On November 11, the Russian Academy of Sciences hosted the meeting of the Academy’s Space Council. The main agenda was the Millimetron space observatory project.
The first report about the project was given by Sergey Likhachev, Doctor of Physics and Mathematics, Head of the Astro Space Center of the Lebedev Physical Institute. He noted that the effectiveness of a scientific space mission is determined by its scientific program, technological achievements and political significance. The main scientific goals of the mission include three most urgent problems in the observed frequency range of Millimetron, the solution of which will provide a breakthrough in modern astrophysics. Technological advances consist of the development of new technologies that were not previously presented in the Russian Federation as part of the preparation of the space mission. About 40% of these technologies are developed at Lebedev Physical Institute. The political significance of the project lies in increasing the prestige of our country, since today the Millimetron is the only far infrared space observatory in the world being developed, and no analogs are foreseen for the next few decades.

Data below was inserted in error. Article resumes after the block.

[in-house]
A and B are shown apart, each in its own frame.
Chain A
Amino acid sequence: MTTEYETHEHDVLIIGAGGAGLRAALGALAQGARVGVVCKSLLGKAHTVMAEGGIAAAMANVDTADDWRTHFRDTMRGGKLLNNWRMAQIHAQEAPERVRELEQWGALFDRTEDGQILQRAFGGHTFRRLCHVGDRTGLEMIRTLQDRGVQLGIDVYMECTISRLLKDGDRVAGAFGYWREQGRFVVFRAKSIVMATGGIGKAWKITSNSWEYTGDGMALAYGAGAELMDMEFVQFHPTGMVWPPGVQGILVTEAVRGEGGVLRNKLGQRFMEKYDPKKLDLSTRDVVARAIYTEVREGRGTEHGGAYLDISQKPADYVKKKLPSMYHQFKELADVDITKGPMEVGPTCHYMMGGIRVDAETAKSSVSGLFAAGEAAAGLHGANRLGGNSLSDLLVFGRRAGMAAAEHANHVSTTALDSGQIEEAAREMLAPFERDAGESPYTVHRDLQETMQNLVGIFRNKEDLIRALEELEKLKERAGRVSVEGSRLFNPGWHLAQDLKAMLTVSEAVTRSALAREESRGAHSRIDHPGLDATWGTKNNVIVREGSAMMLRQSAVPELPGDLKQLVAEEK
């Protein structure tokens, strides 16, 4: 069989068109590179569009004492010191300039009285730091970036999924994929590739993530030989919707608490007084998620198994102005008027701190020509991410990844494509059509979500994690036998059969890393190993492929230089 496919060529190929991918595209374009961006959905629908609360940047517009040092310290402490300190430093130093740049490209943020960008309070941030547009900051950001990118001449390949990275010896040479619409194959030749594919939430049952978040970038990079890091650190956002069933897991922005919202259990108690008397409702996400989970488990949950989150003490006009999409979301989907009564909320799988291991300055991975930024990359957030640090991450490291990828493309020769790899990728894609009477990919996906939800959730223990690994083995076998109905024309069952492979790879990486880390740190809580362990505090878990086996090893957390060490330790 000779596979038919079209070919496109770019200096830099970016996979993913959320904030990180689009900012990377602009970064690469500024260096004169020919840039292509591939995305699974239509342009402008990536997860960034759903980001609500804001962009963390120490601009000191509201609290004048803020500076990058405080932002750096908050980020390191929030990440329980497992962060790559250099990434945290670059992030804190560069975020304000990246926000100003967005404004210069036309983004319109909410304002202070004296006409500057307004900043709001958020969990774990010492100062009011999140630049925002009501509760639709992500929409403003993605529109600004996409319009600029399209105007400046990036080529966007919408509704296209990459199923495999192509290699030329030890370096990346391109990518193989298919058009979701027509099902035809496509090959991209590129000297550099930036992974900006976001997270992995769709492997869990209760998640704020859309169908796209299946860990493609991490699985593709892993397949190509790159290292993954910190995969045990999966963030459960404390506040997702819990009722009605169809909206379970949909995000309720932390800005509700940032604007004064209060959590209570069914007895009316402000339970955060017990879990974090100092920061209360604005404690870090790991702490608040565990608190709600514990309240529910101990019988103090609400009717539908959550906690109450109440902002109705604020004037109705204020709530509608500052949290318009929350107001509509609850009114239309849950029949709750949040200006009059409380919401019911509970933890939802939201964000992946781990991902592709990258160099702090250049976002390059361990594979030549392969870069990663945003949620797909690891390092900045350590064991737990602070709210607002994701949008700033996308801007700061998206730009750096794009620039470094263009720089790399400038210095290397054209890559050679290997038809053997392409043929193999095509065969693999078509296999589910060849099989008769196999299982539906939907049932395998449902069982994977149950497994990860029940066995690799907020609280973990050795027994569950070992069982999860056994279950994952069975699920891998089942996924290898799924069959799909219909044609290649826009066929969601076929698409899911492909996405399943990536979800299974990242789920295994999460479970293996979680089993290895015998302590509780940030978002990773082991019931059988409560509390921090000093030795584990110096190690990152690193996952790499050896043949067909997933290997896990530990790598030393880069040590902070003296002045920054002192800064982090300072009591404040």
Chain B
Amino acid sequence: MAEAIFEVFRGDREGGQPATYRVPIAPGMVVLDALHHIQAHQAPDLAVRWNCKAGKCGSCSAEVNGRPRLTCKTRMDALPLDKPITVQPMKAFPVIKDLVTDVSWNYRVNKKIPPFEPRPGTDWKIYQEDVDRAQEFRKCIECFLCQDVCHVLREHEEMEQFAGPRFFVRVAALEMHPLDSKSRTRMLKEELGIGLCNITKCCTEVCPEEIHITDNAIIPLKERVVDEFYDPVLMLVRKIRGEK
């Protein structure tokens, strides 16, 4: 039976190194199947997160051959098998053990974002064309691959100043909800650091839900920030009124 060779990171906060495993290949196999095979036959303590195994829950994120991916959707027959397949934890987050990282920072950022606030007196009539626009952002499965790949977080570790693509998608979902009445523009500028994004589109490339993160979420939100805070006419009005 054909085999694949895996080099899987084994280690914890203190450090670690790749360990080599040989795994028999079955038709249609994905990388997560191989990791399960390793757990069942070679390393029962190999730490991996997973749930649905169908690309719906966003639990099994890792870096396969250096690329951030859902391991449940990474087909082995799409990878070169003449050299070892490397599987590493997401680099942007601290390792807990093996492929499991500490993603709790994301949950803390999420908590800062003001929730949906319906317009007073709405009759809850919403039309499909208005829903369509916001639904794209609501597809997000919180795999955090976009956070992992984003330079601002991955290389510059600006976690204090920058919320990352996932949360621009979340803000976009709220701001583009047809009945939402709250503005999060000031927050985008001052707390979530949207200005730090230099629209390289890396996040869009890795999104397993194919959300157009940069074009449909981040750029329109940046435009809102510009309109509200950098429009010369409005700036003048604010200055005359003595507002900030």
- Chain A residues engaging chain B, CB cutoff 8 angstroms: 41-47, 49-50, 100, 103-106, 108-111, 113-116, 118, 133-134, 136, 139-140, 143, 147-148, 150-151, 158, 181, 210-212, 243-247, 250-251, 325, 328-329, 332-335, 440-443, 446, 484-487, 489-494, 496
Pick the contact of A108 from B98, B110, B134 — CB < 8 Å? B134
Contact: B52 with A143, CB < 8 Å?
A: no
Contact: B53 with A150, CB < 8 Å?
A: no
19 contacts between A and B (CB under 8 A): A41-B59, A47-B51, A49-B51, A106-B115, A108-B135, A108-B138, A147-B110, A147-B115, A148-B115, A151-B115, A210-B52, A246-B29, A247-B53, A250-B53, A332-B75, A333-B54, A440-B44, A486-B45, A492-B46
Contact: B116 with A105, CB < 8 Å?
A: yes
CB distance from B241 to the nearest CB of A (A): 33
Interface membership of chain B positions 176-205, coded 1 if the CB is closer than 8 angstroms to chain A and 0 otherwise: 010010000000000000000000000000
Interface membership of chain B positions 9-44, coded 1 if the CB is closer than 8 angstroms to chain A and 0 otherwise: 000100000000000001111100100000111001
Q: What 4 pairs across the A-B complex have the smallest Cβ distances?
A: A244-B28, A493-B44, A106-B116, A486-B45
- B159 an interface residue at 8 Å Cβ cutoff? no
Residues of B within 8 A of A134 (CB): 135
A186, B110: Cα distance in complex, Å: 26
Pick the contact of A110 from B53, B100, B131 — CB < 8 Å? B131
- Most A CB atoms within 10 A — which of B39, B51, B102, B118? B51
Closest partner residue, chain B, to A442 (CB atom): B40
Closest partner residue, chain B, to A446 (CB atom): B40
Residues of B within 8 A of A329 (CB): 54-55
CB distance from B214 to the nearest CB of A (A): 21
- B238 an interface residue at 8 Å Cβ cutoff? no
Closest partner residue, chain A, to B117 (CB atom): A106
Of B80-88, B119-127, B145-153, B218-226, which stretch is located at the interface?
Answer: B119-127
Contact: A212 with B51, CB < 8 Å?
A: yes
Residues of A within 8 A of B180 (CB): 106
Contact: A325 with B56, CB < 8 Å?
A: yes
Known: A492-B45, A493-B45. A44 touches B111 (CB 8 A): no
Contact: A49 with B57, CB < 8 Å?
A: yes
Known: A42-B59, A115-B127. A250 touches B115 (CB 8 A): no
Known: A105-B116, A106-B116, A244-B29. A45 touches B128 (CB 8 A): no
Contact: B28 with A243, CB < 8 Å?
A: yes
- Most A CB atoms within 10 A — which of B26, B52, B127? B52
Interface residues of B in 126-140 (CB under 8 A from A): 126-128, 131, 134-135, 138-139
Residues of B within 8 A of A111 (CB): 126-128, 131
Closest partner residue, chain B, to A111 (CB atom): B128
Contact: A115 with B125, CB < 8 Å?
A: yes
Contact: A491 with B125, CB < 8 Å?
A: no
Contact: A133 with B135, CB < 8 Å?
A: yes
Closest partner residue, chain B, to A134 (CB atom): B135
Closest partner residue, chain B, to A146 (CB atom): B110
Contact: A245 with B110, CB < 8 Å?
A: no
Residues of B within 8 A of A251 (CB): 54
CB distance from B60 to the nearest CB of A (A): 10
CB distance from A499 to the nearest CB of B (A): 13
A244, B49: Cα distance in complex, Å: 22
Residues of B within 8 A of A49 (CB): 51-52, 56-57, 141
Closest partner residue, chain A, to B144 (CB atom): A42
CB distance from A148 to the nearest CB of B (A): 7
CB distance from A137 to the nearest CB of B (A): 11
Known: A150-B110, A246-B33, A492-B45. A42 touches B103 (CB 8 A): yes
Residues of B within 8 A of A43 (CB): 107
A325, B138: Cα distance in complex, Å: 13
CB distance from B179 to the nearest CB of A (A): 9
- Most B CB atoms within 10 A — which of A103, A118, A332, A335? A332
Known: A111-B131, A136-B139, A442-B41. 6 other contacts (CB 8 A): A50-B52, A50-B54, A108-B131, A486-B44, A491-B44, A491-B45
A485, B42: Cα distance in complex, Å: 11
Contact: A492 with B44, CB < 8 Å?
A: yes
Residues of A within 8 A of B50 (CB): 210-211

Andrey Smirnov, Technical Leader of Millimetron space observatory project, reported about the current progress on the Millimetron. Members of the Russian Academy of Sciences Space Council expressed support for the Millimetron and interest in its implementation.